Hill Tastes is a CHS essay series from a variety of Capitol Hill voices exploring the flavors of Capitol Hill restaurants, bars and more. Have a taste you’d like us to explore? Let us know.
When Mamnoon opens later this year on Melrose Avenue across from Terra Plata, the culinary experience will be a journey across the Middle East. A signature scent will waft from the ovens: freshly baked bread mixed with toasted thyme and sumac. It’s zaatar, the Lebanese equivalent of an American hot dog.
“This is the smell of Lebanon,” said Barbara Massaad, a Lebanese cookbook author and restaurant consultant working with Mamnoon’s owners to build a repertoire of Lebanese and Syrian dishes.
Much of the menu will derive from the manoushe, the ubiquitous baked good found on street corners throughout the diverse countryside of Massaad’s native home.
“Man’oushe” is also the name of her first cookbook — a gorgeous anthropological food lover’s journey across Lebanon. Her second book, “Mouneh,” explores the rich tradition of Lebanon’s preserved foods.
“The man’oushe is what you think of when you think of Beirut,” she said.
Massaad is scheduled to speak Saturday at Elliott Bay Book Company at 2p. She’ll talk about her experience collecting recipes, folk lore and beautiful photographs around Lebanon.
Massad is energetic and ebullient; she speaks intensely with dark eyes and flowing reddish tinted hair. Massaad is so focused on details of the Mamnoon venture that she has hunted down a spice provider in Lebanon. She said she’s overseeing the exact blends of native herbs to ship back to Seattle. It’s here that chef Garrett Melkonian will direct a kitchen to prepare a menu that’s new to Seattle eaters. Melkonian comes to Mamnoon via Café Juanita and the Inn at Langley and Spring Hill.
“We want to bring authenticity in a setting that’s very contemporary,” Wassef Haroun said.
The former Microsoft executive dreamed up the idea for the restaurant and sought out Massaad to join the team to get the restaurant opened. He and his wife, Racha, own the business.
“When people think about the food at Mamnoon, they should erase the standard that’s found at most other Middle Eastern places,” the owners said. “Don’t say the word ‘pita’ in your article. This isn’t falafel and gyros. This will be gourmet alchemy. The very best of Middle Eastern flavors and preparations,” Massaad said. Nothing will be vulgarized.”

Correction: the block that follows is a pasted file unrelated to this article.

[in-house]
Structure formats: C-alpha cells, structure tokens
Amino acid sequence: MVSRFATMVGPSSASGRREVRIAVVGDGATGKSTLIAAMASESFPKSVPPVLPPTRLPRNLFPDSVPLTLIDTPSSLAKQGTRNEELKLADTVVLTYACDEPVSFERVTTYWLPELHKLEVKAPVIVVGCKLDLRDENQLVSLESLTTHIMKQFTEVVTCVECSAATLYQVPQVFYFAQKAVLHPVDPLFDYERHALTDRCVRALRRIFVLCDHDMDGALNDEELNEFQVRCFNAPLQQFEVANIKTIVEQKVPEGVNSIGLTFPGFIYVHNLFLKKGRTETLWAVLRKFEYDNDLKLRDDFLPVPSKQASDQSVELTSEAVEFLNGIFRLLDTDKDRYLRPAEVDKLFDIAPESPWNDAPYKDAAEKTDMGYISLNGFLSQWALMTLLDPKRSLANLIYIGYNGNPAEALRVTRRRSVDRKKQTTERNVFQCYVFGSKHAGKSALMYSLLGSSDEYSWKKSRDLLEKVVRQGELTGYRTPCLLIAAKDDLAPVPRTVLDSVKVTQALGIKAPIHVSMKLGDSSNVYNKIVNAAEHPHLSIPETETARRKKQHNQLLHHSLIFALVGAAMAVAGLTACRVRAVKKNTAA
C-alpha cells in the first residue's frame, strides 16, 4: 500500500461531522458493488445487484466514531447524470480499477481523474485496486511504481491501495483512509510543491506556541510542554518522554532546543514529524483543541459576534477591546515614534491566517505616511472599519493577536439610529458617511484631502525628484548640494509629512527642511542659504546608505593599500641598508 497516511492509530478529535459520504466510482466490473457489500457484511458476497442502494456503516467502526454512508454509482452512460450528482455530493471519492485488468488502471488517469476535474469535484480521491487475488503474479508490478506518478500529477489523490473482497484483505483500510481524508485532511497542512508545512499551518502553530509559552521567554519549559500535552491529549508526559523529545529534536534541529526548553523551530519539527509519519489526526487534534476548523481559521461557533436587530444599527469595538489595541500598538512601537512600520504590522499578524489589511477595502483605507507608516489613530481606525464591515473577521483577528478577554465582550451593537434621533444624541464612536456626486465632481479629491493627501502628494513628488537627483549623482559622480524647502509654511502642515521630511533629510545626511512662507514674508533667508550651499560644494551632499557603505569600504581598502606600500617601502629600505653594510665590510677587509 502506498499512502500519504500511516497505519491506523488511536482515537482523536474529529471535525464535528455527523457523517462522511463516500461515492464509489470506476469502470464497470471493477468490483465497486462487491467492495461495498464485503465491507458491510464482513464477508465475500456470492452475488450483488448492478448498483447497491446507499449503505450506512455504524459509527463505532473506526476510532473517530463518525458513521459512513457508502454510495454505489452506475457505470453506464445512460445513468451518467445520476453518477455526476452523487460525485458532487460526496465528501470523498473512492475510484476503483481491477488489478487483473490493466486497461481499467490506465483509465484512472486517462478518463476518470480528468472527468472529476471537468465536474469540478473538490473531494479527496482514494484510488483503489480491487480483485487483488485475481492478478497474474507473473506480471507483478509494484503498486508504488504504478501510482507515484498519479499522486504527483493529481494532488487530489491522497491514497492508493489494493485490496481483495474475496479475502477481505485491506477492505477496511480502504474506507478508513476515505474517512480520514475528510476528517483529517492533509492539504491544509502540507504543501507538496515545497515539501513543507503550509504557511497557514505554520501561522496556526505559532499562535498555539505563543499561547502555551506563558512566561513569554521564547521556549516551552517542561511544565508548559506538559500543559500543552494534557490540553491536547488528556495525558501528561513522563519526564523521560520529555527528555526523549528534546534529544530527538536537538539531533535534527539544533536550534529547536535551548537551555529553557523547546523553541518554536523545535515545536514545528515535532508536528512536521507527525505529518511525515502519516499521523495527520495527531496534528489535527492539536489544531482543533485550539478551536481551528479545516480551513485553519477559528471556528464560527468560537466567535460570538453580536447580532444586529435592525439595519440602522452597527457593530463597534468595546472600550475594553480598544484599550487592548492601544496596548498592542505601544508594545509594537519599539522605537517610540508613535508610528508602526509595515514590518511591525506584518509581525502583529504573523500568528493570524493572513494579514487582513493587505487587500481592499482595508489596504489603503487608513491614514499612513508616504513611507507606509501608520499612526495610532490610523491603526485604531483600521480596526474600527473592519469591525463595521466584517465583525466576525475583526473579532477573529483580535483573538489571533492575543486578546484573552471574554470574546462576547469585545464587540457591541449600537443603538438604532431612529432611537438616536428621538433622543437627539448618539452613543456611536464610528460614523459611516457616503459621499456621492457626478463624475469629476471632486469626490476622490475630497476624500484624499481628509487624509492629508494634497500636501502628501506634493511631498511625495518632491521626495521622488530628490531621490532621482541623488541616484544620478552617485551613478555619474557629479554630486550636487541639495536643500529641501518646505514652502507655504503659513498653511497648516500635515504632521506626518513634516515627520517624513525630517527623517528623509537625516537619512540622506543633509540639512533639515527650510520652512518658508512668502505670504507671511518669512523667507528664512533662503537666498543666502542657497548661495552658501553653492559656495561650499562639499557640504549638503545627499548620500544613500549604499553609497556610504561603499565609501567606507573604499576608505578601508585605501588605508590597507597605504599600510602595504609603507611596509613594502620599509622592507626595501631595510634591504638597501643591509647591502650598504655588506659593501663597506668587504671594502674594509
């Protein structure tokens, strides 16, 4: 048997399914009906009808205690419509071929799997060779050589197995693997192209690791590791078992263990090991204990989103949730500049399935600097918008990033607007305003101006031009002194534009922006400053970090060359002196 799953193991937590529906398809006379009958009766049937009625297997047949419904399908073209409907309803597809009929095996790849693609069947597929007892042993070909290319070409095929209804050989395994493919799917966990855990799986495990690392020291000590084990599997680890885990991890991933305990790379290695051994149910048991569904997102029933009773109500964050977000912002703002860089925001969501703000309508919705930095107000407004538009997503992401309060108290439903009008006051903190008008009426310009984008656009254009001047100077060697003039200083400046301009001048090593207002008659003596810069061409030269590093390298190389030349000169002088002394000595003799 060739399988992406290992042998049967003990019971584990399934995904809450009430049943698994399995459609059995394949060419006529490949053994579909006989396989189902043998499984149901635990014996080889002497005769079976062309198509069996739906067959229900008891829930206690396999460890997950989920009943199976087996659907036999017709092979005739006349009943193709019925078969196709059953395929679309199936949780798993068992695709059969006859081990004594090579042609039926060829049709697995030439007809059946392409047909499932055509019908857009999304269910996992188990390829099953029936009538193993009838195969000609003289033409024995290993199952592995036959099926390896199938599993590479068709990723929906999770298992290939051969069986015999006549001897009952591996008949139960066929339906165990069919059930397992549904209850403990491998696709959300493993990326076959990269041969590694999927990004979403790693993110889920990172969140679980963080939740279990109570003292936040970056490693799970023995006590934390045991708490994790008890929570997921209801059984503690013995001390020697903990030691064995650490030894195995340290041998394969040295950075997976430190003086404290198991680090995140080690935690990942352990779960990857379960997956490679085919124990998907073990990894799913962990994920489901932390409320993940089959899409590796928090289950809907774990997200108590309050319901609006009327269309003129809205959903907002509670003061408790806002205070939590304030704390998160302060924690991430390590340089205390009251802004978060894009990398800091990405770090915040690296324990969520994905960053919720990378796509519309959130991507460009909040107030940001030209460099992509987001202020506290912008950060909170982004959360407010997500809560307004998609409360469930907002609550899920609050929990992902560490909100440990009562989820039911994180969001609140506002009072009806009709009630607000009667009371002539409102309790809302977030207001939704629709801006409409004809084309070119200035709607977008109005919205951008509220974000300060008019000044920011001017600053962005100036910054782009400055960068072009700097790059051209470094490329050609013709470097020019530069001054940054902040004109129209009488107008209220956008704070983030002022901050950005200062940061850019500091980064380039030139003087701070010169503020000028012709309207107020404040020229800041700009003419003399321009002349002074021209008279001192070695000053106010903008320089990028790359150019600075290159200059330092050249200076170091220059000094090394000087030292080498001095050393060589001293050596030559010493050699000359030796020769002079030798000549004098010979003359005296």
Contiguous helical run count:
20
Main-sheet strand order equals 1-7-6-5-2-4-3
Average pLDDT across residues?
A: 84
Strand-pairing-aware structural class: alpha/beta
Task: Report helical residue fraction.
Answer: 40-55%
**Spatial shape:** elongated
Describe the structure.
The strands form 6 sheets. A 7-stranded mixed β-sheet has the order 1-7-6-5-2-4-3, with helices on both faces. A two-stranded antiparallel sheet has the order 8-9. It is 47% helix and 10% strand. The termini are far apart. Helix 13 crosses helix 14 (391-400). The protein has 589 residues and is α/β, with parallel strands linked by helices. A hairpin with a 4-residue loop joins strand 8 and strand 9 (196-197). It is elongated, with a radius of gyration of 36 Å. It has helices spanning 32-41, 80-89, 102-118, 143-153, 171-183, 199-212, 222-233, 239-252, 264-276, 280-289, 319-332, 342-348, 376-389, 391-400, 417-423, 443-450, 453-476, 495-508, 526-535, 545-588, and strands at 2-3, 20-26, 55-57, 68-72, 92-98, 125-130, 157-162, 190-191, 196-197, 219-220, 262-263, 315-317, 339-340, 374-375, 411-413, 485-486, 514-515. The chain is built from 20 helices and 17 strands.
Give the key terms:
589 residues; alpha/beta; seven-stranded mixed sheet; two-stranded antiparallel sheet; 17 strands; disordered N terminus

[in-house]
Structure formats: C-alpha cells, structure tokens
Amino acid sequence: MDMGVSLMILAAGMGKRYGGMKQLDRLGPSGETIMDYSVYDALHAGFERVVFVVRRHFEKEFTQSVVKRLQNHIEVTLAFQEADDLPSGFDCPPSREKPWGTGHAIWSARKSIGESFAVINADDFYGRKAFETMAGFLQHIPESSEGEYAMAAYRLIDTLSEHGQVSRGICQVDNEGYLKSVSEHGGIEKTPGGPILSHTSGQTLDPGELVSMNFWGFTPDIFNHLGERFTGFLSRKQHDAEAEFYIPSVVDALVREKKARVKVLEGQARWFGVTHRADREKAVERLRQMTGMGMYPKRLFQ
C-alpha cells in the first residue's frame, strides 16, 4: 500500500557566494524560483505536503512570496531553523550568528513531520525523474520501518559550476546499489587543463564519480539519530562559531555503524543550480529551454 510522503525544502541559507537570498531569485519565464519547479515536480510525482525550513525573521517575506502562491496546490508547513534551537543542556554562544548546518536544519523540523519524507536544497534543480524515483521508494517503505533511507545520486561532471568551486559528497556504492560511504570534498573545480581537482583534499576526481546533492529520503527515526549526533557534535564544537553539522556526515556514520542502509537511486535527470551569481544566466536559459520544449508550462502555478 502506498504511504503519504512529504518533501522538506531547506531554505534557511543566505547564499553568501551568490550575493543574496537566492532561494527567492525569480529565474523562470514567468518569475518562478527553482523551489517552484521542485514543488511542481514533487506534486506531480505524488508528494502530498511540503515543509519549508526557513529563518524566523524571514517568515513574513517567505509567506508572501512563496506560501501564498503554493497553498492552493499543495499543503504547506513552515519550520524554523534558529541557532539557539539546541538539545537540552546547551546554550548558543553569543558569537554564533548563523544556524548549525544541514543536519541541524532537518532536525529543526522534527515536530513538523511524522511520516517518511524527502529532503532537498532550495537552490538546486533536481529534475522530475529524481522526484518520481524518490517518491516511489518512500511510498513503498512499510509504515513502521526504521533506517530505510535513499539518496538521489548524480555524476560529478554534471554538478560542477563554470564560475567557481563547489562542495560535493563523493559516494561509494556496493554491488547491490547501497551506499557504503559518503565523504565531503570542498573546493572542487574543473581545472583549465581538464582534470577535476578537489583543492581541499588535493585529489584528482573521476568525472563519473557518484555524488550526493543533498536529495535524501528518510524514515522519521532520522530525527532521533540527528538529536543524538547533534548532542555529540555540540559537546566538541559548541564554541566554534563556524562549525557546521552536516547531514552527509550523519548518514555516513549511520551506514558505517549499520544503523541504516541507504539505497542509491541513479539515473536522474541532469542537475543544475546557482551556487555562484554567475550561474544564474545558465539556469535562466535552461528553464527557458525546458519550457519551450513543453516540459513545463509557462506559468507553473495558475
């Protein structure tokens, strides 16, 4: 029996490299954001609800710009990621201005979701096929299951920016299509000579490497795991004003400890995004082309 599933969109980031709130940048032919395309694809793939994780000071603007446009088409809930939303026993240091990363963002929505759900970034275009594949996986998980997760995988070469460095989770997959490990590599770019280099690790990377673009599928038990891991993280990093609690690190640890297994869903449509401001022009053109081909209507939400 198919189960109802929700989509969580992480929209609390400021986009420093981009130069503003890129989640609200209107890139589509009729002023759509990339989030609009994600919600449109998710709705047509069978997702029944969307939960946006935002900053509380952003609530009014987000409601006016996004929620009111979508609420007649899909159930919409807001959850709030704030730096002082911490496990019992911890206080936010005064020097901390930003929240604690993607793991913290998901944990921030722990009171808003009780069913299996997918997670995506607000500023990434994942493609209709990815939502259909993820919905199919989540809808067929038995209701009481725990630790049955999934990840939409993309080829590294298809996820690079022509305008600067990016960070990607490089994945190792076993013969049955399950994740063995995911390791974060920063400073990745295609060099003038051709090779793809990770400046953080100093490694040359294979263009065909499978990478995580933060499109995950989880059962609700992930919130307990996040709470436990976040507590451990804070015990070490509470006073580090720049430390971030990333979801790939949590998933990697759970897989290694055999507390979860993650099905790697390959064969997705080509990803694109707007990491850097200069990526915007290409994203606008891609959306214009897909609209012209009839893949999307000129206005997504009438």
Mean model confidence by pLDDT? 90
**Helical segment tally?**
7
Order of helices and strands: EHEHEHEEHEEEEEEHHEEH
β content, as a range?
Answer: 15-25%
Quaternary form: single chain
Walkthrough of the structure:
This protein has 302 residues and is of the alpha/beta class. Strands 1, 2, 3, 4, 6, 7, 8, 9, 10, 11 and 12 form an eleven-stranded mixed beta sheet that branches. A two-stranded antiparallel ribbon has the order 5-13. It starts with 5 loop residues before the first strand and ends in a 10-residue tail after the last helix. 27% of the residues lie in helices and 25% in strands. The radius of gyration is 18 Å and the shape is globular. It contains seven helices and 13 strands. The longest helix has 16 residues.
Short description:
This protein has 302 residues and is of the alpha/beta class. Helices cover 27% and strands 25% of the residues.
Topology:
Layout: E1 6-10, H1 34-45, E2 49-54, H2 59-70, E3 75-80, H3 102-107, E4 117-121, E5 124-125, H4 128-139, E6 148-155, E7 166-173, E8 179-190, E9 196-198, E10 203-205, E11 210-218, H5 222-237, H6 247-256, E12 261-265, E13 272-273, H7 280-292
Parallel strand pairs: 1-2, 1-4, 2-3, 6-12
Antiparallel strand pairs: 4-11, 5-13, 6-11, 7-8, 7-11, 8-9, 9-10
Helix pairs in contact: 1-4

“It’s like the food I make at home,” she said. “Grilled meats, vegetables and fish. Kofta, spiced meats, homemade cheeses and wonderful desserts. What you’re going to see in our restaurant is going to be not what you’ve seen before.”
For the owners, food and generosity is part of the Middle Eastern culture. The restaurant will be contemporary and comfortable, to Middle Eastern food what Ba Bar is to Vietnamese.
“A big part of what we want to do is discovery,” Haroun said. “There will be a wide variety of flavors, mixing local ingredients with imported peppers and vinegars. It’s the kind of place where people could visit several nights a week.”
The restaurant will be the kind of place where people can come together to debate the best hummus, or argue over Middle Eastern politics.
“Food is an important element that brings people together,” Massad said. In Lebanon alone there are dozens of different communities including Muslims, Christians, Druze and Bedouin. And each village has its own identity, its own blend of zaatar.
The region’s history is stained by wars and bitter conflicts.
“At the dinner table, there’s hope for reconciliation,” Massad said. “There’s a saying that says, ‘Make food not war. People can look across the table and see each other for who they are instead of what they represent. Then, you have it made.”